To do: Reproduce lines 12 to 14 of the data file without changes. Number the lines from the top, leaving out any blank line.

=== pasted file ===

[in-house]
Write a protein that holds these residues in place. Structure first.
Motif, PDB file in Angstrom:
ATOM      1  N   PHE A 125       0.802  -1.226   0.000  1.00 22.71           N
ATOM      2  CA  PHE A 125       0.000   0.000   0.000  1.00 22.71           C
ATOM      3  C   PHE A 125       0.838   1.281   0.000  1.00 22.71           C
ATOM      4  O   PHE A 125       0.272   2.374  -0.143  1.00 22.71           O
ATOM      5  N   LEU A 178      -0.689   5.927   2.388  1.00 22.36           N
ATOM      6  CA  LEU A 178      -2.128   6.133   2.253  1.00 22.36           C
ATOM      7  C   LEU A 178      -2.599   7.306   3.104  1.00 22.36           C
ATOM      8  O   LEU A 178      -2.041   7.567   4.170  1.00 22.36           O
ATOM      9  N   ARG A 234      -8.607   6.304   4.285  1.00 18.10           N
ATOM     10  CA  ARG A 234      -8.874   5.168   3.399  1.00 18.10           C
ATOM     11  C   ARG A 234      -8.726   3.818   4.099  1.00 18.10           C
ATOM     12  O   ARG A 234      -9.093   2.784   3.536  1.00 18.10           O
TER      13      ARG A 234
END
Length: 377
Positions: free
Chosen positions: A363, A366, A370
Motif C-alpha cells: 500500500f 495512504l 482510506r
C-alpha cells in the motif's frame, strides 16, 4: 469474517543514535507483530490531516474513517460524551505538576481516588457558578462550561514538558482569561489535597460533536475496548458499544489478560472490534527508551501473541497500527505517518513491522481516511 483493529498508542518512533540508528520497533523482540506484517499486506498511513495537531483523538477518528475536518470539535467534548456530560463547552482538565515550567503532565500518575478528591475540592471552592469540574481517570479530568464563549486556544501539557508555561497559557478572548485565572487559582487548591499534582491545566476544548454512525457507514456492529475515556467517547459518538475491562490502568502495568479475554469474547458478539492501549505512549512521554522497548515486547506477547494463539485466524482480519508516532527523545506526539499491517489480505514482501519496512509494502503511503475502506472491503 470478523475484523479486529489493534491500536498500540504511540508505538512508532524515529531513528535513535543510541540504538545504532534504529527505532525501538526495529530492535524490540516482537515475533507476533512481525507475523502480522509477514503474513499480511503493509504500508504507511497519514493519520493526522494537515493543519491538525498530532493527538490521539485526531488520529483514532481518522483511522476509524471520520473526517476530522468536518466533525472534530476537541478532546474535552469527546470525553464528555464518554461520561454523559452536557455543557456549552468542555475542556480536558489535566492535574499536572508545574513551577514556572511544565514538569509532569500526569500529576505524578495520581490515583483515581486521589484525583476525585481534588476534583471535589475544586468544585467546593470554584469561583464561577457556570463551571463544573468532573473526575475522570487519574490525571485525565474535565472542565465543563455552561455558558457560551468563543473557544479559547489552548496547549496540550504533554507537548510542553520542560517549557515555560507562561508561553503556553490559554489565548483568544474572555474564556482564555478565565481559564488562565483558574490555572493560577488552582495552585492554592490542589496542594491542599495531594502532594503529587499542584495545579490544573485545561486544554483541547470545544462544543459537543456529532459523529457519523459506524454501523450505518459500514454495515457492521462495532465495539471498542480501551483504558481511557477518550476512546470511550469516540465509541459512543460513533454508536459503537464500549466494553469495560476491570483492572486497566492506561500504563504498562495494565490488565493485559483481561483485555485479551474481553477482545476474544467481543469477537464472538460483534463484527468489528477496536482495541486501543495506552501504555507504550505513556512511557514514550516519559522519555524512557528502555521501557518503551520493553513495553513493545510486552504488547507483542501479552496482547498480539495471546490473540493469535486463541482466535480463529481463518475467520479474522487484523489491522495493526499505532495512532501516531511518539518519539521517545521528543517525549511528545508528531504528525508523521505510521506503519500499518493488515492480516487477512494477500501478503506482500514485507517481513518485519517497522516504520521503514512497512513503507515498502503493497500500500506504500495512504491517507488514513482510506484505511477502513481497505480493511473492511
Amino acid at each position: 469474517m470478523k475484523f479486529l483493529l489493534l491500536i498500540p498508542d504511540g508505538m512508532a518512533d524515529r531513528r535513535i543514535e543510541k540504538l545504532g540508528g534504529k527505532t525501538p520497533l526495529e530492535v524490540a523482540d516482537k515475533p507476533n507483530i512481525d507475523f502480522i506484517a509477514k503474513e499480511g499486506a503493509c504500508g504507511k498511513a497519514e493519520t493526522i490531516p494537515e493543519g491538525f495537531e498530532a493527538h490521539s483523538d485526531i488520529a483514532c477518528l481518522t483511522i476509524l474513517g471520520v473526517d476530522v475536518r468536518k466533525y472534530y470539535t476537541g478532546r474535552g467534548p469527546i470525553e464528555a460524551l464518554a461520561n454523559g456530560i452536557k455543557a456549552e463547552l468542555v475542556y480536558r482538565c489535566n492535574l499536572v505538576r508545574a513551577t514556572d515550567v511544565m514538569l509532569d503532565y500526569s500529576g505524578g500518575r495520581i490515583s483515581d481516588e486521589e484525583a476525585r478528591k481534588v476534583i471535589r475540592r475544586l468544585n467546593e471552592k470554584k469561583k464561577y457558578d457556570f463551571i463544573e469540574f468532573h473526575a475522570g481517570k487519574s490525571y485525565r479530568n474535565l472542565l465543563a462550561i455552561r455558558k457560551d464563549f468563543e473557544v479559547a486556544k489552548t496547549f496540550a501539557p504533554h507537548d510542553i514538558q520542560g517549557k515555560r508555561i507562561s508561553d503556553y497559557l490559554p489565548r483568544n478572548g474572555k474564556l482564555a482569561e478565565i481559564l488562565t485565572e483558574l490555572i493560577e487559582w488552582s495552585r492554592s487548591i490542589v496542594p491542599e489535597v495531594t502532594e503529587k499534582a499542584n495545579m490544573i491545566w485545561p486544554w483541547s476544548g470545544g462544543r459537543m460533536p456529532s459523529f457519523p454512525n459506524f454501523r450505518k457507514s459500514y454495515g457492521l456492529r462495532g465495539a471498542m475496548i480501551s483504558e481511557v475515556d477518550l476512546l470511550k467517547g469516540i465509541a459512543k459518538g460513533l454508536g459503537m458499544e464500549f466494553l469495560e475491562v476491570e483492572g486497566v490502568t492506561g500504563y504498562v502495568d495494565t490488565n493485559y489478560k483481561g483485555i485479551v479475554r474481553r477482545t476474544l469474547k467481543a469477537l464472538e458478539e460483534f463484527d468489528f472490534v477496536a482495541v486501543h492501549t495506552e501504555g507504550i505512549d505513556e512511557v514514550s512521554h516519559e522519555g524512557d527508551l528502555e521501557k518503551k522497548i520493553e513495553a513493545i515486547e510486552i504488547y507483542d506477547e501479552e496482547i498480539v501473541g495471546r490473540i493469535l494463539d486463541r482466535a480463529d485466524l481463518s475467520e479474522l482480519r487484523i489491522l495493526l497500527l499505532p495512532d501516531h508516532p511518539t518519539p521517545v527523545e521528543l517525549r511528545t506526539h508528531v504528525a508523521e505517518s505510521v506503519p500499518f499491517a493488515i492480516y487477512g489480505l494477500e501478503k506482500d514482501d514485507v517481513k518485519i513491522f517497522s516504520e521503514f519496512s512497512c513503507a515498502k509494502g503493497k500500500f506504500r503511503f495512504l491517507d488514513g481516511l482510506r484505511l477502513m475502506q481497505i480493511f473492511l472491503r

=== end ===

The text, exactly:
ATOM      9  N   ARG A 234      -8.607   6.304   4.285  1.00 18.10           N
ATOM     10  CA  ARG A 234      -8.874   5.168   3.399  1.00 18.10           C
ATOM     11  C   ARG A 234      -8.726   3.818   4.099  1.00 18.10           C